Read any good magazine or newspaper articles lately about getting your body into tip-top bikini shape?
It's a little early here for sarcasm -- I'm only mid-way through my first cup of coffee, after all -- but I couldn't help but notice that just about every publication I've picked up in the last few days seems to contain a piece offering advice on how I can whip myself into shape and finally have the hot beach body I deserve. It's the start of summer, so the deluge of "get yourself ready before you show some skin in public" stories really doesn't surprise me. These are what we in the writing business call "evergreens," those same ideas -- ideally packaged with a "fresh" angle -- that make their way into newsstand magazines each and every month. Summer issues, for most women's magazines, are that special time to zero in on women's body insecurities, offering up tips on not only how to change your body, but how to choose a swimsuit that minimizes your flaws, a cream that banishes your cellulite and, of course -- if all else fails -- a stylish cover-up.
If you read my post from Monday, you know that I've just returned from a week in Florida, where I did, in fact, appear publicly in a swimsuit -- and not even one specially chosen to minimize my "flaws." I spent about an hour in the water with my kids, flipping my son off my outstretched hands and swimming with my daughter on my back. It's one of my favorite memories from the trip.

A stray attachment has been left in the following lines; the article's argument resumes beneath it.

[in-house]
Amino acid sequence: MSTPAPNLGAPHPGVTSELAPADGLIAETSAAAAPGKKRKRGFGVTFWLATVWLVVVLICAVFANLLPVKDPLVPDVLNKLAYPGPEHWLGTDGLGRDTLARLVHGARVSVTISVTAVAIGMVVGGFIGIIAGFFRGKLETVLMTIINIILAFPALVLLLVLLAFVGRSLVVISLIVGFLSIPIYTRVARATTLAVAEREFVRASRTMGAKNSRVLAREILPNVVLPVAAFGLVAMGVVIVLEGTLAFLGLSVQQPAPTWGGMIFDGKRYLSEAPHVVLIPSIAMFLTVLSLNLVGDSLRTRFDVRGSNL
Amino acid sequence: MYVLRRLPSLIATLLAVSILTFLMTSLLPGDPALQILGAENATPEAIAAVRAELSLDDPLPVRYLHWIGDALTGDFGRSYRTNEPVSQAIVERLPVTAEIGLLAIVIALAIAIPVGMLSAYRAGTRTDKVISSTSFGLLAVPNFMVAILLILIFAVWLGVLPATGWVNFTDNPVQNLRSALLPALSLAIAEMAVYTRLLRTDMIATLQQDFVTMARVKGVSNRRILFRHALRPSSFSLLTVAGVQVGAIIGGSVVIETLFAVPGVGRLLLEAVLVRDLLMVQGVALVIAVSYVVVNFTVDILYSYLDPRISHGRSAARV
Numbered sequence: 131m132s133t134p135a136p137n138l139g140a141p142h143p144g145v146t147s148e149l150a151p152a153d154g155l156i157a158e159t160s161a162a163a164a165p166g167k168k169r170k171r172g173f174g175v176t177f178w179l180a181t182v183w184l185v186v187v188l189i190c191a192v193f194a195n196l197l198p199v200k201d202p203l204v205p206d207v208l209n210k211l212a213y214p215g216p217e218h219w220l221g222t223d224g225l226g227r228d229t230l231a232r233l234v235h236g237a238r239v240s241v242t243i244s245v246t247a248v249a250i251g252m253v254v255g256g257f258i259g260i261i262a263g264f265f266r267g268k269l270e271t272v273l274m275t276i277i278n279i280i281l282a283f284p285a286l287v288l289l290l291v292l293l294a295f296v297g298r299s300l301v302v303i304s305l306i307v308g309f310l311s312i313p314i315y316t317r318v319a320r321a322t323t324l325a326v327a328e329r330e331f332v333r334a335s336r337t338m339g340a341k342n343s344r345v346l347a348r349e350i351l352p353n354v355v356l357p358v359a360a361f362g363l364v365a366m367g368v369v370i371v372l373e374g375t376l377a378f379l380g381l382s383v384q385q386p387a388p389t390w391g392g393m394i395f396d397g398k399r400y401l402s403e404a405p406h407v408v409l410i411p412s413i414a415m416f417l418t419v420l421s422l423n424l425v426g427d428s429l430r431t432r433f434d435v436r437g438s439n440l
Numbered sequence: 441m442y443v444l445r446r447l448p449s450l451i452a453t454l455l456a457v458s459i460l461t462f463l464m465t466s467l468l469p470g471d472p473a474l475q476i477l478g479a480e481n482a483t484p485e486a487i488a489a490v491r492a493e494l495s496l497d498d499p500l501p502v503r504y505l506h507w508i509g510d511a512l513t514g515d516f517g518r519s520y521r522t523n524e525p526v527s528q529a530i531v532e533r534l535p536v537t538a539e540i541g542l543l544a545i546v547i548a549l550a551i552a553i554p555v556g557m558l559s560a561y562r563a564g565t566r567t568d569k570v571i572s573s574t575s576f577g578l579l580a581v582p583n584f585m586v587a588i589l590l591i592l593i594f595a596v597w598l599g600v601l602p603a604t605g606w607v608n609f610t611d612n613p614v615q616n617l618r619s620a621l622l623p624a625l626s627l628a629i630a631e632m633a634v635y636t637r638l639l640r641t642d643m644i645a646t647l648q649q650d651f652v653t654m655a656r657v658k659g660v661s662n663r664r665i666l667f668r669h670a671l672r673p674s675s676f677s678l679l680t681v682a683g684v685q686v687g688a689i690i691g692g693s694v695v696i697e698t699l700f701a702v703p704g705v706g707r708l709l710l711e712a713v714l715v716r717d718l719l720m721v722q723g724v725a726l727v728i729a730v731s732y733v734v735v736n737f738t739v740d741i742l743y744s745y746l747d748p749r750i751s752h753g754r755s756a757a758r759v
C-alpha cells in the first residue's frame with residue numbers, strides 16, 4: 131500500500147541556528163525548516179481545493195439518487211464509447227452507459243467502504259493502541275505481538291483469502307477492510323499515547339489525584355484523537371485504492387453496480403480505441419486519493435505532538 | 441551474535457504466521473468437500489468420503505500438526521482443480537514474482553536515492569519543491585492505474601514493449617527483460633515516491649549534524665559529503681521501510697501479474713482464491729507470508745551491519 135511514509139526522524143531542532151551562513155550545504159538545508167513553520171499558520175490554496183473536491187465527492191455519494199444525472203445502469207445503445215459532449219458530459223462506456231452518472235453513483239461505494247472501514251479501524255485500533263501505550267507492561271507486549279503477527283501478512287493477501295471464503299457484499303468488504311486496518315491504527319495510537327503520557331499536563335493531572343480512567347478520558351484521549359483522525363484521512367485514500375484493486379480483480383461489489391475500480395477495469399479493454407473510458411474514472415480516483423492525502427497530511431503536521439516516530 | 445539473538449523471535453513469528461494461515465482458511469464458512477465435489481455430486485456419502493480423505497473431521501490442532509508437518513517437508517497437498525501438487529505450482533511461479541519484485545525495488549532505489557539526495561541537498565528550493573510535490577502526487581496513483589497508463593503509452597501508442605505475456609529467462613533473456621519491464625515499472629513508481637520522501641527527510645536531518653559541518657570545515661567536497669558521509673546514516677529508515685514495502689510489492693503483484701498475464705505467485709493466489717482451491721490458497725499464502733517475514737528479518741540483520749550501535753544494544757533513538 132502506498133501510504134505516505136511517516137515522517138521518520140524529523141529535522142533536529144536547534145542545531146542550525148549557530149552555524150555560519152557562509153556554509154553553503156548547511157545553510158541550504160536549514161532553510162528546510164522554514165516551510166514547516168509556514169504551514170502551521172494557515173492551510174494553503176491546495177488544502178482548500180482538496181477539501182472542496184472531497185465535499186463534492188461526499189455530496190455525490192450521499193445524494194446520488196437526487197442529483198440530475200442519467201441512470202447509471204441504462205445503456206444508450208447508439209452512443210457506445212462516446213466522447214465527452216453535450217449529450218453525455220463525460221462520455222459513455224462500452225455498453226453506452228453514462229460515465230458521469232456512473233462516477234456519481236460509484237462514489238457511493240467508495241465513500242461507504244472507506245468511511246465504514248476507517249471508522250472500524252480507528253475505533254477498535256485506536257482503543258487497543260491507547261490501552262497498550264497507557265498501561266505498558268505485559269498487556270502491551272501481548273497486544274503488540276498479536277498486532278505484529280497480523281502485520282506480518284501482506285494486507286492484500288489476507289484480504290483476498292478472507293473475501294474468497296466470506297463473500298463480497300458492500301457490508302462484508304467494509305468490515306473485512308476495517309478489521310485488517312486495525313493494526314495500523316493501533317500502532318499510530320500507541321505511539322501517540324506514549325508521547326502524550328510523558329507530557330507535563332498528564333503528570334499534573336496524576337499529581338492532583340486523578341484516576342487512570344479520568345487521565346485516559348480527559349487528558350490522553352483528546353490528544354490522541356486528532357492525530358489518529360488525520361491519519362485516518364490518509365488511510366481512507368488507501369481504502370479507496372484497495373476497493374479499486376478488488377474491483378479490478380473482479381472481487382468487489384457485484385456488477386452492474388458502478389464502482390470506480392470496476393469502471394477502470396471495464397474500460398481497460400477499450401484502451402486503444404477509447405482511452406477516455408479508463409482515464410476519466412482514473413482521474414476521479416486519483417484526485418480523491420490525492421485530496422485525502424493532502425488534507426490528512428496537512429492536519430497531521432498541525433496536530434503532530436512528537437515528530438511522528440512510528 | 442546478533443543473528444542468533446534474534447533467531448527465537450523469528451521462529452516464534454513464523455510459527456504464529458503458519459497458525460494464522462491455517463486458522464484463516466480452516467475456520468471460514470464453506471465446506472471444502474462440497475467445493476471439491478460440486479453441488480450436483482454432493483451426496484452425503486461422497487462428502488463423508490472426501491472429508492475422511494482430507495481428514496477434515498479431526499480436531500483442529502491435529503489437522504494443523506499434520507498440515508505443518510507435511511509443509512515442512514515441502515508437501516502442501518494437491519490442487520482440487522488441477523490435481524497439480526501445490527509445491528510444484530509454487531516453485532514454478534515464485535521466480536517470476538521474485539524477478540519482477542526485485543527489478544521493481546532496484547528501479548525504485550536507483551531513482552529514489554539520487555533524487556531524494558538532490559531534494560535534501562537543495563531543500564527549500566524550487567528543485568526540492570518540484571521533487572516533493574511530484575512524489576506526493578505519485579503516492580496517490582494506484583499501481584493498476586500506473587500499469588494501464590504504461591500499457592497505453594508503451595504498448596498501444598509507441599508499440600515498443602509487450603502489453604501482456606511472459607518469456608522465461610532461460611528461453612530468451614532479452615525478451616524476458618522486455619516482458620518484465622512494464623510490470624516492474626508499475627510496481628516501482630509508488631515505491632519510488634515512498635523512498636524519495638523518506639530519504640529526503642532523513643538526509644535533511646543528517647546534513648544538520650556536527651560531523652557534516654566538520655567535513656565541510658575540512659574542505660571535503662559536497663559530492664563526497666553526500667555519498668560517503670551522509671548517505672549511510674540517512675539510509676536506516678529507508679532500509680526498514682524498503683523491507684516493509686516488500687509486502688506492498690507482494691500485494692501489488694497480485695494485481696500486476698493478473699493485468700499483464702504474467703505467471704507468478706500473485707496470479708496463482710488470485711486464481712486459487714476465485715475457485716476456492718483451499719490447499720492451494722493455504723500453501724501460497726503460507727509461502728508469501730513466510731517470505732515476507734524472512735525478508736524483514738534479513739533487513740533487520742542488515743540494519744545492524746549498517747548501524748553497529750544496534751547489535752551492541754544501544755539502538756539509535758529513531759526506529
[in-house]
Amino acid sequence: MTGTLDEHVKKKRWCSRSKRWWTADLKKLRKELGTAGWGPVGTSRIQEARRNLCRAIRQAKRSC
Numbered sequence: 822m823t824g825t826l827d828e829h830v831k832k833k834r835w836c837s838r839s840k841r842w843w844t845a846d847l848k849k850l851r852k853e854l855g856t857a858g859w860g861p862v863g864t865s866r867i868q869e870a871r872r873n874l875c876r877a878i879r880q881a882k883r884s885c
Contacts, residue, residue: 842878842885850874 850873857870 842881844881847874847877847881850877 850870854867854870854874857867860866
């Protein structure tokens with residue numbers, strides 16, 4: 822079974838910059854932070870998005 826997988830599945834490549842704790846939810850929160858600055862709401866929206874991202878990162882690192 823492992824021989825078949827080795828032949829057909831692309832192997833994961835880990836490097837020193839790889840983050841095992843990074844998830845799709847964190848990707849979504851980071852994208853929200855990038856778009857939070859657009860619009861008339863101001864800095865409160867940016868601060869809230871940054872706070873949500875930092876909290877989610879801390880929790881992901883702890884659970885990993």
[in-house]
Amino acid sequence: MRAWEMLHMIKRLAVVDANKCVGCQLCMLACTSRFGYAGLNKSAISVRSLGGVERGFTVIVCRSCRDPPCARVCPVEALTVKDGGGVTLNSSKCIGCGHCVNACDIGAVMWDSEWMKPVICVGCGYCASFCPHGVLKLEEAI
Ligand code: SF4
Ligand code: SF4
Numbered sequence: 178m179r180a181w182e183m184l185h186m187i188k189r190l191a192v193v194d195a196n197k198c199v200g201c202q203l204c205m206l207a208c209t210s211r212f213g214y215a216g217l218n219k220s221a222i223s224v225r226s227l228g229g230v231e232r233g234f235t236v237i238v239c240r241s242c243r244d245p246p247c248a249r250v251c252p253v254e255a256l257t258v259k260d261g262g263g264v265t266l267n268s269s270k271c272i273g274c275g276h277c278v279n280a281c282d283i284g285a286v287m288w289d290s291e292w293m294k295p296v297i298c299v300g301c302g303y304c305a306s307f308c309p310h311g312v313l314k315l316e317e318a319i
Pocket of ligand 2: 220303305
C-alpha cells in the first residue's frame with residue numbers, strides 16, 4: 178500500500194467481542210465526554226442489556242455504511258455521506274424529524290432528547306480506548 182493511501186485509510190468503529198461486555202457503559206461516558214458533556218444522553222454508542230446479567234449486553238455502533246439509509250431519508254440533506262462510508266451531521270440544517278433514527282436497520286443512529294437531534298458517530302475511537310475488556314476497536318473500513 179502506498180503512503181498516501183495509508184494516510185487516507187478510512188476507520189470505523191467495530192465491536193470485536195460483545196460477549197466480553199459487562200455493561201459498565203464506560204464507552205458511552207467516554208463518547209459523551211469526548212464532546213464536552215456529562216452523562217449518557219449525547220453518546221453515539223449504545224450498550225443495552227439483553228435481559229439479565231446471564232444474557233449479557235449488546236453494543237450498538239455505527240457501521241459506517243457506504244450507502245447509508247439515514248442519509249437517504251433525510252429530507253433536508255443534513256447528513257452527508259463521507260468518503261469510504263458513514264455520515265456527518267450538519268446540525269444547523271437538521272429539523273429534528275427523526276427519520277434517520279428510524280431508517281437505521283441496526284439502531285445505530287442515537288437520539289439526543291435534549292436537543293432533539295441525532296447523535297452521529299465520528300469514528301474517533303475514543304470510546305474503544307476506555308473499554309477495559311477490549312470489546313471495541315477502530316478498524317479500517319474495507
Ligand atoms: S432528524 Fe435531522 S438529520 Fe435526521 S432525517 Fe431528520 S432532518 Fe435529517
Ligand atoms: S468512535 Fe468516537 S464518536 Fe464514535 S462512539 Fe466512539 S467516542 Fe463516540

There was a time, though, when I wouldn't have done that. I'd have sat by the side of the pool, shorts and T-shirt covering my suit, telling my kids that I just didn't feel like getting in the water. And as I looked around at the women sitting poolside, I found I could easily pick out the ones who I suspected loathed their bodies. It was written all over their faces, and in their body language. Those who did get in the pool? I didn't see any supermodels -- just plenty of normal, healthy women, each beautiful in her own way.
That's why this made me smile this morning.
The re-touching issue aside, I think we forget sometimes that the models we see in magazines and on television are doing a job. In their recent Huffington Post piece entitled Find Bikini Bliss, writers Jodi Lipper and Cerina Vincent advised women to "do your job, not a super model's" and reminded readers that it's a model's "full time job to look like that and you can bet that she works at it just as hard as you work at your job." My favorite line from the piece? "Until Heidi Klum is expected to know how to do your job perfectly, stop pressuring yourself to do hers."
Love that thought!
My bit of bikini season advice? Make this the year that you jump in the pool or play in the waves with your kids. Because in the end, I can bet that my kids don't remember -- or even care, really -- what I looked like in my swimsuit during our vacation. They only remember that I was there in the water with them.